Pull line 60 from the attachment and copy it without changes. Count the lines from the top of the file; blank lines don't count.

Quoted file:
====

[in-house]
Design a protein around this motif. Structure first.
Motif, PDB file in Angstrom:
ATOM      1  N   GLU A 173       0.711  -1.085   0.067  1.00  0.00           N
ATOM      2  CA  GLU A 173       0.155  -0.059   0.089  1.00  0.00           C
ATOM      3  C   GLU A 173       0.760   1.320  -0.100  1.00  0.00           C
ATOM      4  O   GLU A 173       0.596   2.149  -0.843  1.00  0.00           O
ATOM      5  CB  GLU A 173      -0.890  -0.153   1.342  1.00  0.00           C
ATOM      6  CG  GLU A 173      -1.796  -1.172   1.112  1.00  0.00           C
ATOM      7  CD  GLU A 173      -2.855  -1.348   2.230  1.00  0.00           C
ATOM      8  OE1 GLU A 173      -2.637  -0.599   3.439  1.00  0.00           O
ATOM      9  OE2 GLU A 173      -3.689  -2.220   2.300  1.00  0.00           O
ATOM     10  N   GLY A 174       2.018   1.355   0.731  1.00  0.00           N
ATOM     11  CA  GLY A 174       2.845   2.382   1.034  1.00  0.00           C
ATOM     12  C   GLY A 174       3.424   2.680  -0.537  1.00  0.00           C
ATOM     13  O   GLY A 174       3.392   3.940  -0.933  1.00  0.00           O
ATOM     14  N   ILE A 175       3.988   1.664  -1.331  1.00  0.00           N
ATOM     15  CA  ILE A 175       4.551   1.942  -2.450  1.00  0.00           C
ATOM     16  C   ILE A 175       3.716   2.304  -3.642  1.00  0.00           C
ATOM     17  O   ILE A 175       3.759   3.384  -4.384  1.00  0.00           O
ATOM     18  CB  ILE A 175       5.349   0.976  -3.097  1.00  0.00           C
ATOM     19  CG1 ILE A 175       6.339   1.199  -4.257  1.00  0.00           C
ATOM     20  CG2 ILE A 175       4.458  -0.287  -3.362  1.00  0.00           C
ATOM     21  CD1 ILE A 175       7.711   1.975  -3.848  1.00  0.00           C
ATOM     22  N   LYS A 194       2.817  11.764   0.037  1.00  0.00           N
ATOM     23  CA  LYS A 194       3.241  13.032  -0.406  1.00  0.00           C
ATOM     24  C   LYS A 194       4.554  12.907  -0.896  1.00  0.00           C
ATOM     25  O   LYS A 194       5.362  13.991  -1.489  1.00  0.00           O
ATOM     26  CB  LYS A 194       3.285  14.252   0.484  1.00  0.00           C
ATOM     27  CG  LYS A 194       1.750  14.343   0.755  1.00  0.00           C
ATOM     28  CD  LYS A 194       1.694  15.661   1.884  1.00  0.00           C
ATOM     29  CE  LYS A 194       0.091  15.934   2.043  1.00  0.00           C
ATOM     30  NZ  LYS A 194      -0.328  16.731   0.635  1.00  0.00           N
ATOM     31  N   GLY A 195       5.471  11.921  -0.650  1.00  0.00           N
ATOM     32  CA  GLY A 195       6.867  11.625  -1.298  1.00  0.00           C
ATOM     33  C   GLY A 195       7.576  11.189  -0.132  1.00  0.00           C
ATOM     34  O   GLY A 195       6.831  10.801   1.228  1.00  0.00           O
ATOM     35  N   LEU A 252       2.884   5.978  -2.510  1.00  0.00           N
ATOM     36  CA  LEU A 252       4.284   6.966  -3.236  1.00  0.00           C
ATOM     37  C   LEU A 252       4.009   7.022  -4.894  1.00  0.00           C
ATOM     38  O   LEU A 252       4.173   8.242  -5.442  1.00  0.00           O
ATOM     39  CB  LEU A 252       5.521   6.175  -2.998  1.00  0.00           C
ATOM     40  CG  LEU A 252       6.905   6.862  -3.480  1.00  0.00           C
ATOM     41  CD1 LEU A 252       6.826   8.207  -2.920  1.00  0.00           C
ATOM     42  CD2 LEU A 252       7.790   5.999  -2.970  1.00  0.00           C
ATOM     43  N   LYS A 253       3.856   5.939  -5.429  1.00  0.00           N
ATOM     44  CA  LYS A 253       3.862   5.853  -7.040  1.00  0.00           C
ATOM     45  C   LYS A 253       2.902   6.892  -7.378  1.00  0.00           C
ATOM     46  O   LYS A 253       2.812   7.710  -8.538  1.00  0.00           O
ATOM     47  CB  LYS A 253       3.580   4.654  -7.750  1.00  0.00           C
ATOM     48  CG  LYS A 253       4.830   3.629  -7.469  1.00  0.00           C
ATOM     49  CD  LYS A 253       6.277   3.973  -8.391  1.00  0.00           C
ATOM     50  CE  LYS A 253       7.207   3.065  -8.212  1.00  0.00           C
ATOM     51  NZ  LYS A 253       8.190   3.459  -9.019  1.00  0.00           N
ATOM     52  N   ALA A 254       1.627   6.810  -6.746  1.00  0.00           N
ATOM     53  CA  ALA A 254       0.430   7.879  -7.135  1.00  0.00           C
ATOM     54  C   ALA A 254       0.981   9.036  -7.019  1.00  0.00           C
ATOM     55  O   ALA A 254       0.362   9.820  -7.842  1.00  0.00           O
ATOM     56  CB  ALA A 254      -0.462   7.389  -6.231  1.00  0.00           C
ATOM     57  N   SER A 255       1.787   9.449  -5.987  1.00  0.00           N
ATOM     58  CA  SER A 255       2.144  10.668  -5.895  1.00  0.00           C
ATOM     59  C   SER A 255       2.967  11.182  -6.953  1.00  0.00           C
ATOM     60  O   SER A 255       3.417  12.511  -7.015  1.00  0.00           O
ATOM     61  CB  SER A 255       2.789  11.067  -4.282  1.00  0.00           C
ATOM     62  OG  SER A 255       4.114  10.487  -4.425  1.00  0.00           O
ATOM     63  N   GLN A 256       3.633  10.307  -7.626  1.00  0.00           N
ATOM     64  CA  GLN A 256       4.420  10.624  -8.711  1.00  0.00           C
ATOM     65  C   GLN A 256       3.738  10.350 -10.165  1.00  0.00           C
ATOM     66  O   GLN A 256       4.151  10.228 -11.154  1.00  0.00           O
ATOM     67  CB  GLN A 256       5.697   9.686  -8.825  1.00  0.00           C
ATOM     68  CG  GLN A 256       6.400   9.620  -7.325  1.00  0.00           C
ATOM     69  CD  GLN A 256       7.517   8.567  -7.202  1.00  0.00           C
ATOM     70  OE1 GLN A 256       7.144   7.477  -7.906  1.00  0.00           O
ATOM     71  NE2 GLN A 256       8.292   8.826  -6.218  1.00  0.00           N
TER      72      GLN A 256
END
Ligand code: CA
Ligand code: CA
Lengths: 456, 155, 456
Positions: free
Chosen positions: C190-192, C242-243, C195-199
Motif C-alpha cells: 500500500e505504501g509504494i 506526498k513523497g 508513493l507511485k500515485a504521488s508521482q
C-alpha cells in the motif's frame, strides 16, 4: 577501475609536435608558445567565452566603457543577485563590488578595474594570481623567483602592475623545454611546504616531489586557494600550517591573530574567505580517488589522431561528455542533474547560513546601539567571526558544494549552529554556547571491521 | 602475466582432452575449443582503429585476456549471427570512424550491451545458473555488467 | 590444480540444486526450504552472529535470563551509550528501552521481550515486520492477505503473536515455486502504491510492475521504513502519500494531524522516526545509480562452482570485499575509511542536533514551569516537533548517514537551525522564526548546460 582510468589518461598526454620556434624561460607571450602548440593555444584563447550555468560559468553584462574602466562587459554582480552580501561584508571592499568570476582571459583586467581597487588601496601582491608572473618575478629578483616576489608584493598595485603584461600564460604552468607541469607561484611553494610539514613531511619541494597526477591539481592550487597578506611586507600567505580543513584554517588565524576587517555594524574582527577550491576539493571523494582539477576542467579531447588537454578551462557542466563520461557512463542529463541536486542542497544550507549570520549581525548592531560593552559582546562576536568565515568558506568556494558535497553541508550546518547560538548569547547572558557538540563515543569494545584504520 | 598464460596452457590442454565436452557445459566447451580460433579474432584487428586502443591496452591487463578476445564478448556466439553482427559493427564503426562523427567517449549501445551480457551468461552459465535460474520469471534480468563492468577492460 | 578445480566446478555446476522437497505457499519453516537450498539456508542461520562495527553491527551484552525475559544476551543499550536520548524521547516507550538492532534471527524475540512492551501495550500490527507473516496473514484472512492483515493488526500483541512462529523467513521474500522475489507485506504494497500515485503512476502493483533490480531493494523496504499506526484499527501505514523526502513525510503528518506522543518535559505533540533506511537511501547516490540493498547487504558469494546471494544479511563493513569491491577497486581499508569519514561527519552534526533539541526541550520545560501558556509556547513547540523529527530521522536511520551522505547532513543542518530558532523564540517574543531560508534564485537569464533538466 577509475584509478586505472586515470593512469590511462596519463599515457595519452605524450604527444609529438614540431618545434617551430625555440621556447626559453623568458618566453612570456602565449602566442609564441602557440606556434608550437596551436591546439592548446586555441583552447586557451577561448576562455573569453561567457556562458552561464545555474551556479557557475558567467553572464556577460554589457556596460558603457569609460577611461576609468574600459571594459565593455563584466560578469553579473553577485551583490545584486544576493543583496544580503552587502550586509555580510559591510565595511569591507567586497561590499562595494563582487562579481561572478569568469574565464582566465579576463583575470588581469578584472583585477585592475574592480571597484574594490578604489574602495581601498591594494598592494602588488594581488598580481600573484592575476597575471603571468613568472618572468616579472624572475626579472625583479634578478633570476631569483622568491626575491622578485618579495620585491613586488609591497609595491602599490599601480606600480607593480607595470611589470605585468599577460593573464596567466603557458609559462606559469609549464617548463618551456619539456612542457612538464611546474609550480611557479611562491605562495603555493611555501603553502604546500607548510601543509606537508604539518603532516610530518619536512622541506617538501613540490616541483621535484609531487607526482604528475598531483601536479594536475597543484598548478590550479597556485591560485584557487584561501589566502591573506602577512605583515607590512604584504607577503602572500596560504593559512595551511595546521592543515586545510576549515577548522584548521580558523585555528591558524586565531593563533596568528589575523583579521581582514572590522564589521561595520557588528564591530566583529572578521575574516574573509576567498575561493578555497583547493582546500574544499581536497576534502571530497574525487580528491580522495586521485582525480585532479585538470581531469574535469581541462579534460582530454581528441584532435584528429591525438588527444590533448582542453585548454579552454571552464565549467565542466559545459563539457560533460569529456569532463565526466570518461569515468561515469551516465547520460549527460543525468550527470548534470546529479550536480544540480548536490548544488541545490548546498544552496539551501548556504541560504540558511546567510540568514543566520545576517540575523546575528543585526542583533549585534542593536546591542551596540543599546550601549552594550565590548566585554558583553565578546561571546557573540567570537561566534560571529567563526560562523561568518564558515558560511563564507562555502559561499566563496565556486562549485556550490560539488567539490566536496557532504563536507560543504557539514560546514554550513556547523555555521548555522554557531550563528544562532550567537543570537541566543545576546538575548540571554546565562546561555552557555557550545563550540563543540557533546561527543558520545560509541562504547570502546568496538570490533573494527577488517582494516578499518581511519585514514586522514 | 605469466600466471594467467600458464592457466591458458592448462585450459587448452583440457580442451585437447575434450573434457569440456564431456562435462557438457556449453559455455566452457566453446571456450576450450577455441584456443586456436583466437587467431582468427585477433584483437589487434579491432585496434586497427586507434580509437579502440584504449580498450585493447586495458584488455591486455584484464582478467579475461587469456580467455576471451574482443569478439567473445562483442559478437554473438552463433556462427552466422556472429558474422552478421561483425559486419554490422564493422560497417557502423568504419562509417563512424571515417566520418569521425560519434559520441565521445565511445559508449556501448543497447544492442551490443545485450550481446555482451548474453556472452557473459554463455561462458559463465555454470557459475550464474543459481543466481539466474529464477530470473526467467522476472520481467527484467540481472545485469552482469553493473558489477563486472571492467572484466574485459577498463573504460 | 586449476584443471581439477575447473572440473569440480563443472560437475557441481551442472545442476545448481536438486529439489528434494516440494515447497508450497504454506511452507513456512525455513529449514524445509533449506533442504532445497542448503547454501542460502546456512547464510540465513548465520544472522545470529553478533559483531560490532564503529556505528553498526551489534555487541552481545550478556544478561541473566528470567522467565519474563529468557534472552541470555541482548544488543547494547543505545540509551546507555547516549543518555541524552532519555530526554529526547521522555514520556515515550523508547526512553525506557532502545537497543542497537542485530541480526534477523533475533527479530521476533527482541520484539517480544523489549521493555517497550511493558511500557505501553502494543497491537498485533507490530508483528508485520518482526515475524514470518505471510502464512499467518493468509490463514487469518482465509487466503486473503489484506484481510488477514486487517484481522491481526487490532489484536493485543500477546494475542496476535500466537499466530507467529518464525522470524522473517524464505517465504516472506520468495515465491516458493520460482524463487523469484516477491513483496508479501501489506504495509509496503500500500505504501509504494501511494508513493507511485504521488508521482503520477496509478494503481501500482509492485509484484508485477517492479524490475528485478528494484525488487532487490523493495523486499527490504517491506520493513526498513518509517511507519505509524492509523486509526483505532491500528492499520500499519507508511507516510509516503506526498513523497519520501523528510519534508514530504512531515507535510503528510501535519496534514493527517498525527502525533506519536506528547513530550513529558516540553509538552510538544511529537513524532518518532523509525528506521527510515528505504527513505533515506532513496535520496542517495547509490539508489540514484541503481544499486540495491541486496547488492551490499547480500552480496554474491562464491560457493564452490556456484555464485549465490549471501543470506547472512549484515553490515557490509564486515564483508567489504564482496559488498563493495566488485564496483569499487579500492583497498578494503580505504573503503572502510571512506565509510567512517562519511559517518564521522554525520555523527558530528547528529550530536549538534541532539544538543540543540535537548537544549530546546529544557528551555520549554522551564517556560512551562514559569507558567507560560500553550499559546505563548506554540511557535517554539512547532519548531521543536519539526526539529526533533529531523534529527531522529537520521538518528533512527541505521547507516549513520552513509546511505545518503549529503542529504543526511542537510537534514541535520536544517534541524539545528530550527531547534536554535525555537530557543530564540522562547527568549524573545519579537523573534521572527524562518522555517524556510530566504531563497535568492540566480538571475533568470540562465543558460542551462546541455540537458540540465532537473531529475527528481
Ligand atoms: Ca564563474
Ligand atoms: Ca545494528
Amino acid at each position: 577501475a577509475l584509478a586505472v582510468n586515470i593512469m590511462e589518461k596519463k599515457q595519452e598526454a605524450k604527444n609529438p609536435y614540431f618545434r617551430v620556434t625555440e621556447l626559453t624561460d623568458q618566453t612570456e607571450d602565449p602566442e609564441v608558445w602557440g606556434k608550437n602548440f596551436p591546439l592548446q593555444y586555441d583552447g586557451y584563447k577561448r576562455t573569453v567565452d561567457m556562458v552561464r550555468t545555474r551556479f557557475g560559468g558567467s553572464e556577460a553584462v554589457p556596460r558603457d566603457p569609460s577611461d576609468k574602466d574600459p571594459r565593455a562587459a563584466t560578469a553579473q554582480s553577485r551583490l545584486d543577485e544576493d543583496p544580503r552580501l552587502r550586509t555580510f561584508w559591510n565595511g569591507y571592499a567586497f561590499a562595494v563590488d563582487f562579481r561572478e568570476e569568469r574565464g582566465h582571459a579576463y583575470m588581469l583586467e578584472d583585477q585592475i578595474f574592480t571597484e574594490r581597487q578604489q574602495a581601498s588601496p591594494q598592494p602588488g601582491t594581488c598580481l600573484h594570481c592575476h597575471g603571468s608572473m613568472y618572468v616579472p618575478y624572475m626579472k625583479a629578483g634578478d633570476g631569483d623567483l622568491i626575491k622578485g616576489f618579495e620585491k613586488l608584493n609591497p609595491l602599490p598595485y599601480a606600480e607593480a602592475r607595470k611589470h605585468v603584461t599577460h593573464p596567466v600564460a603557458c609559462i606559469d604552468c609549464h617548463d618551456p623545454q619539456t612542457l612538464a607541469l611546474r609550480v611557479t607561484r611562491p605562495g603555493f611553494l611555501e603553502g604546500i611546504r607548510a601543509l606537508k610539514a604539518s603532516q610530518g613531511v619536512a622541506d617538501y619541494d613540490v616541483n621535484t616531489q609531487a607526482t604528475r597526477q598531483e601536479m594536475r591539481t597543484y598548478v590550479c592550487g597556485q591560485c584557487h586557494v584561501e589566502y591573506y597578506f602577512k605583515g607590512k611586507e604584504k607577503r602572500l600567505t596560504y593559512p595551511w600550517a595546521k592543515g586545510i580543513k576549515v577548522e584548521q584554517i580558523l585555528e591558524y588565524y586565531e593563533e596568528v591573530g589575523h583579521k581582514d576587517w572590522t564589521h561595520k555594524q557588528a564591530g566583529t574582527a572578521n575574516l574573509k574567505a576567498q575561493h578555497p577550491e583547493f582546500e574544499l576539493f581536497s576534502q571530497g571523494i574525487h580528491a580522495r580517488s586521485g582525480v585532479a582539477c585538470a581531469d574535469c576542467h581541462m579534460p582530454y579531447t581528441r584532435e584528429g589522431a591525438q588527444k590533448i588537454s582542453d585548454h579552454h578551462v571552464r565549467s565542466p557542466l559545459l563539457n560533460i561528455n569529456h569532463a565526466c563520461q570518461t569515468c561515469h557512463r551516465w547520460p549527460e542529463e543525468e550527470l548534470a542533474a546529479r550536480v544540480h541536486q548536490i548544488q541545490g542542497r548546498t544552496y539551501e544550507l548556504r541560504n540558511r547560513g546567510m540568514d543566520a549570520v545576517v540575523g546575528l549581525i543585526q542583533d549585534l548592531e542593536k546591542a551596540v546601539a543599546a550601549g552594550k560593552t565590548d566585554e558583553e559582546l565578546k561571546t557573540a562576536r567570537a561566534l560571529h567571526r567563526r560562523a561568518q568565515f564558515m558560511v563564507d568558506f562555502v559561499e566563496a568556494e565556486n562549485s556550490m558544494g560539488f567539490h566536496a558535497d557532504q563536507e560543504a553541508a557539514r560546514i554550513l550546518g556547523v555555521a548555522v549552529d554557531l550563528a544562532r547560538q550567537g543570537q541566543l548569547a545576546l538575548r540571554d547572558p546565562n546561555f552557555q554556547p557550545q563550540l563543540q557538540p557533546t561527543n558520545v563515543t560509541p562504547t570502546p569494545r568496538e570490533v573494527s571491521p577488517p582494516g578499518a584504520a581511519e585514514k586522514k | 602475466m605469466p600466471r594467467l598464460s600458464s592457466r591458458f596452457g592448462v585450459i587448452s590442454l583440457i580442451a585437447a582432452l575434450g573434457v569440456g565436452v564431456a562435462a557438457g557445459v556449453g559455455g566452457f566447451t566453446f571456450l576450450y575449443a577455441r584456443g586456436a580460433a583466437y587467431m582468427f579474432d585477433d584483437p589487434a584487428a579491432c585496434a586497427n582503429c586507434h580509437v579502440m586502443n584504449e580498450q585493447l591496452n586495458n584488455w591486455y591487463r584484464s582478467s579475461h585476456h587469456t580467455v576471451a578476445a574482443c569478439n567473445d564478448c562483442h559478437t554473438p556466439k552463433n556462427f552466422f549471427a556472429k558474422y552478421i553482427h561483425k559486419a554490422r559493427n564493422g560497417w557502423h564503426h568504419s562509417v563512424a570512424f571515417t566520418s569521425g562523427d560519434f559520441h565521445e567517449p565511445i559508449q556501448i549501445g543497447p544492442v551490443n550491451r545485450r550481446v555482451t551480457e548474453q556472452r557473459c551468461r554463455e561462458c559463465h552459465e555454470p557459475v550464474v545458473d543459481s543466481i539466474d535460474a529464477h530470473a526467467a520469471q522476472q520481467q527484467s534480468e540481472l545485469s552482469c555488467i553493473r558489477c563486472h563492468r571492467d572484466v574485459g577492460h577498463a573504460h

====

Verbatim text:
ATOM     57  N   SER A 255       1.787   9.449  -5.987  1.00  0.00           N